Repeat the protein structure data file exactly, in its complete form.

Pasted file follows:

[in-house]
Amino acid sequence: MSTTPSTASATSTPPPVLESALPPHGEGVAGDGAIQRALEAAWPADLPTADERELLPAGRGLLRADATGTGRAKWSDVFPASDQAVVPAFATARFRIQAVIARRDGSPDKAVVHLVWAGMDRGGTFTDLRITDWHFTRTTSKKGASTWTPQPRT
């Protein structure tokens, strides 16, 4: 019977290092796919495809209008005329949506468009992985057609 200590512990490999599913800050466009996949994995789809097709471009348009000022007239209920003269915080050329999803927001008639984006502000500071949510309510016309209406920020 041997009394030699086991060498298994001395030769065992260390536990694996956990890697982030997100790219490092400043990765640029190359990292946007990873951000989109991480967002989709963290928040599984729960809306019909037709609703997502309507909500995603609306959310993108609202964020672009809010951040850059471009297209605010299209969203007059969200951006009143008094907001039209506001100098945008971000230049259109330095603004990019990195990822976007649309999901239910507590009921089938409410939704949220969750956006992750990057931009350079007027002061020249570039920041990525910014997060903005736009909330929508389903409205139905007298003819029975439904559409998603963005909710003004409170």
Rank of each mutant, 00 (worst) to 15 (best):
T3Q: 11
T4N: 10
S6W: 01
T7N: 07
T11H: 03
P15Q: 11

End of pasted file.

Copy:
[in-house]
Amino acid sequence: MSTTPSTASATSTPPPVLESALPPHGEGVAGDGAIQRALEAAWPADLPTADERELLPAGRGLLRADATGTGRAKWSDVFPASDQAVVPAFATARFRIQAVIARRDGSPDKAVVHLVWAGMDRGGTFTDLRITDWHFTRTTSKKGASTWTPQPRT
């Protein structure tokens, strides 16, 4: 019977290092796919495809209008005329949506468009992985057609 200590512990490999599913800050466009996949994995789809097709471009348009000022007239209920003269915080050329999803927001008639984006502000500071949510309510016309209406920020 041997009394030699086991060498298994001395030769065992260390536990694996956990890697982030997100790219490092400043990765640029190359990292946007990873951000989109991480967002989709963290928040599984729960809306019909037709609703997502309507909500995603609306959310993108609202964020672009809010951040850059471009297209605010299209969203007059969200951006009143008094907001039209506001100098945008971000230049259109330095603004990019990195990822976007649309999901239910507590009921089938409410939704949220969750956006992750990057931009350079007027002061020249570039920041990525910014997060903005736009909330929508389903409205139905007298003819029975439904559409998603963005909710003004409170």
Rank of each mutant, 00 (worst) to 15 (best):
T3Q: 11
T4N: 10
S6W: 01
T7N: 07
T11H: 03
P15Q: 11